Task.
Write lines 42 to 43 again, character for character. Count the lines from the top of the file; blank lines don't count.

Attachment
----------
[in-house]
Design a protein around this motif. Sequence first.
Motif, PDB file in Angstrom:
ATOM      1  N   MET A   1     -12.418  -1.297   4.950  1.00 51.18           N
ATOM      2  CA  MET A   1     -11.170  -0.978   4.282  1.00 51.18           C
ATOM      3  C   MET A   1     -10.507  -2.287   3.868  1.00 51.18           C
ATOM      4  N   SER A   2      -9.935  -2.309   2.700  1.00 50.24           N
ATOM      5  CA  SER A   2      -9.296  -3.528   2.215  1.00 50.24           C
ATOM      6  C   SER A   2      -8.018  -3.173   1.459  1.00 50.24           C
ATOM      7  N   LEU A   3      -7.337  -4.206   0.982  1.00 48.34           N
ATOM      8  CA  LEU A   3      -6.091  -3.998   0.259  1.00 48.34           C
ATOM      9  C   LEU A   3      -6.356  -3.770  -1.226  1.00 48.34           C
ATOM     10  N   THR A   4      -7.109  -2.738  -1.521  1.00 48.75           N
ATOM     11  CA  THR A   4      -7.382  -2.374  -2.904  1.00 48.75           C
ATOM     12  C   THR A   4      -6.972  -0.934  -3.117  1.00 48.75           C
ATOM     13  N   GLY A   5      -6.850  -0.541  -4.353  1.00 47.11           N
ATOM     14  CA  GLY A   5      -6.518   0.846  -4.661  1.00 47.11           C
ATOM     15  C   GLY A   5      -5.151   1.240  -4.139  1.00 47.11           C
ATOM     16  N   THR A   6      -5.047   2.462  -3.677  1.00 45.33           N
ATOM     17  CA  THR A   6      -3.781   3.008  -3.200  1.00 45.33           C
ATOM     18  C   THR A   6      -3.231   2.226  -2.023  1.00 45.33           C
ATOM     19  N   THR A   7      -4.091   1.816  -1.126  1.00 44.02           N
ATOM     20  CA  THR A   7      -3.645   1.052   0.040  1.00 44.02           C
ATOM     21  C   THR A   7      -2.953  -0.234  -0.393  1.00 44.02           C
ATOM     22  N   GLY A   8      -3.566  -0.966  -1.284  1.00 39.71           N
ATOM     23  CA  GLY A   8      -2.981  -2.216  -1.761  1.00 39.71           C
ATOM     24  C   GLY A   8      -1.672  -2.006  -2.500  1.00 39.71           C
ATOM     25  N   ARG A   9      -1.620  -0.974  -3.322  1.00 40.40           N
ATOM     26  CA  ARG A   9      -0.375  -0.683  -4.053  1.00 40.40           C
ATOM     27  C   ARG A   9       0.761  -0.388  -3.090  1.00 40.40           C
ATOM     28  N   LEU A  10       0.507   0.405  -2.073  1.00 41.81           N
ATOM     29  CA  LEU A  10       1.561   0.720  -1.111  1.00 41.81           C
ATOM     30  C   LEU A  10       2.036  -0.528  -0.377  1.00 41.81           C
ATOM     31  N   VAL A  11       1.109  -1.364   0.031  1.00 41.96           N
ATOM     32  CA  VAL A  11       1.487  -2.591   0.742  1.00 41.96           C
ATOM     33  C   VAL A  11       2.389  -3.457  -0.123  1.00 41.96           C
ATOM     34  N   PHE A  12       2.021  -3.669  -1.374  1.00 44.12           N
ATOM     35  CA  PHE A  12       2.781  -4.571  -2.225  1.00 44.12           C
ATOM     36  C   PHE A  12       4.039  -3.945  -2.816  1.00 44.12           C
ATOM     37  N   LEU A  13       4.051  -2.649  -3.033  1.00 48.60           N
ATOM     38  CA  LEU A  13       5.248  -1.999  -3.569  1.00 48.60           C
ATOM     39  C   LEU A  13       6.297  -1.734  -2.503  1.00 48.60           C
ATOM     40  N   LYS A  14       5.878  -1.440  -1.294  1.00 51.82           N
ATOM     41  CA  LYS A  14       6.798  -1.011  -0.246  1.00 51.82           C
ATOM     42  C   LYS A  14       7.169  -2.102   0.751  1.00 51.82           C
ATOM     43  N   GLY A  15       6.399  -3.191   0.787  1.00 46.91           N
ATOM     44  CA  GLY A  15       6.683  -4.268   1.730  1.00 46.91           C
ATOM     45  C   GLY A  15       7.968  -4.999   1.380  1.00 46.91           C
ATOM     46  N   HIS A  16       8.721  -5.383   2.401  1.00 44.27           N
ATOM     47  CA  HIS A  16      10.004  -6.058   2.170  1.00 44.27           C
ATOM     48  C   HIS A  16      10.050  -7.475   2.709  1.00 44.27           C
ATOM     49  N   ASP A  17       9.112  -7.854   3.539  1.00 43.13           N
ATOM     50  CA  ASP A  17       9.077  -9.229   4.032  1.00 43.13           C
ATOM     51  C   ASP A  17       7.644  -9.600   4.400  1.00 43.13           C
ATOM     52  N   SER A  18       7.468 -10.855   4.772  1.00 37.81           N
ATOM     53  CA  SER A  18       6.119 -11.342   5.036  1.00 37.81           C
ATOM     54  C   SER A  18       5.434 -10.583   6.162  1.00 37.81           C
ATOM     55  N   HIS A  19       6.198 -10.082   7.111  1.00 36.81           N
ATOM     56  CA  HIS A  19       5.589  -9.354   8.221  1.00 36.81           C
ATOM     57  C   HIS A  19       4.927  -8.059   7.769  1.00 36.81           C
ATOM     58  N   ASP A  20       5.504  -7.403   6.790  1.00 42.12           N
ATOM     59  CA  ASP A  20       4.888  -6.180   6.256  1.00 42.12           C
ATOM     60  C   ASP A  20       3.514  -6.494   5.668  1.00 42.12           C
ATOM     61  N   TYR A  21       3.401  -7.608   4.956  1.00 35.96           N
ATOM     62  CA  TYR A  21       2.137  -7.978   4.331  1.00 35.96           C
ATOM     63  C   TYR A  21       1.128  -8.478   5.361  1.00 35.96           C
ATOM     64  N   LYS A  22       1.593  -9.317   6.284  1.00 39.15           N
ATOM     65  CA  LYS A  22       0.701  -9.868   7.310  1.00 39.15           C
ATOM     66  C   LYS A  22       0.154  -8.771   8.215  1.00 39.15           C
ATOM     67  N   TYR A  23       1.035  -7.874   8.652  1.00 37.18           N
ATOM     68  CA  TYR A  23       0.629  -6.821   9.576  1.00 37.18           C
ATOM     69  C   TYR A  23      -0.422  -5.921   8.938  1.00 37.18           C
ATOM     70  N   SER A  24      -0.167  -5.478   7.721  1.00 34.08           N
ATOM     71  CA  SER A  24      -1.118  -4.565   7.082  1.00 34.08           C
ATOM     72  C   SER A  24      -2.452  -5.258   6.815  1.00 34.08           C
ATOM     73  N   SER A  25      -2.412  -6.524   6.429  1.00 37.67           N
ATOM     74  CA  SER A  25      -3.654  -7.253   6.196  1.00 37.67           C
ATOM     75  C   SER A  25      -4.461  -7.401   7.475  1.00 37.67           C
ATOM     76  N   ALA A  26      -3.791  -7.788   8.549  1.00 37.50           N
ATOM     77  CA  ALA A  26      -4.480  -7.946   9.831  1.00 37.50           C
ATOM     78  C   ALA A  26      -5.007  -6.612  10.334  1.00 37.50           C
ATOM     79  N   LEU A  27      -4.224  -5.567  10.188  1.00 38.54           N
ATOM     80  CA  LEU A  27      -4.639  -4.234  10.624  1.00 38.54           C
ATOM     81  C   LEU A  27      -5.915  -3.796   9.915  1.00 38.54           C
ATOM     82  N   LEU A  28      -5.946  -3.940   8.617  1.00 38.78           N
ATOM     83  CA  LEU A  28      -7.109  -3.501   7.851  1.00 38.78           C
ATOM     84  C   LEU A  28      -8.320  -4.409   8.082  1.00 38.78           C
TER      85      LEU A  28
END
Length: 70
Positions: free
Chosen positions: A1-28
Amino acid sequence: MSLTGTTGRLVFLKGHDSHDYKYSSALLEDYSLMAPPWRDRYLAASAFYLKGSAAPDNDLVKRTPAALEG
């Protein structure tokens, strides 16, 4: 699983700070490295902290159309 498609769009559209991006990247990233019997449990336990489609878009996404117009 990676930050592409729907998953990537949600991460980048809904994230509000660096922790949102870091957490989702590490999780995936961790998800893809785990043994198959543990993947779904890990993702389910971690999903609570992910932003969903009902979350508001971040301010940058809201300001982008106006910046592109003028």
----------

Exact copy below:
ATOM     39  C   LEU A  13       6.297  -1.734  -2.503  1.00 48.60           C
ATOM     40  N   LYS A  14       5.878  -1.440  -1.294  1.00 51.82           N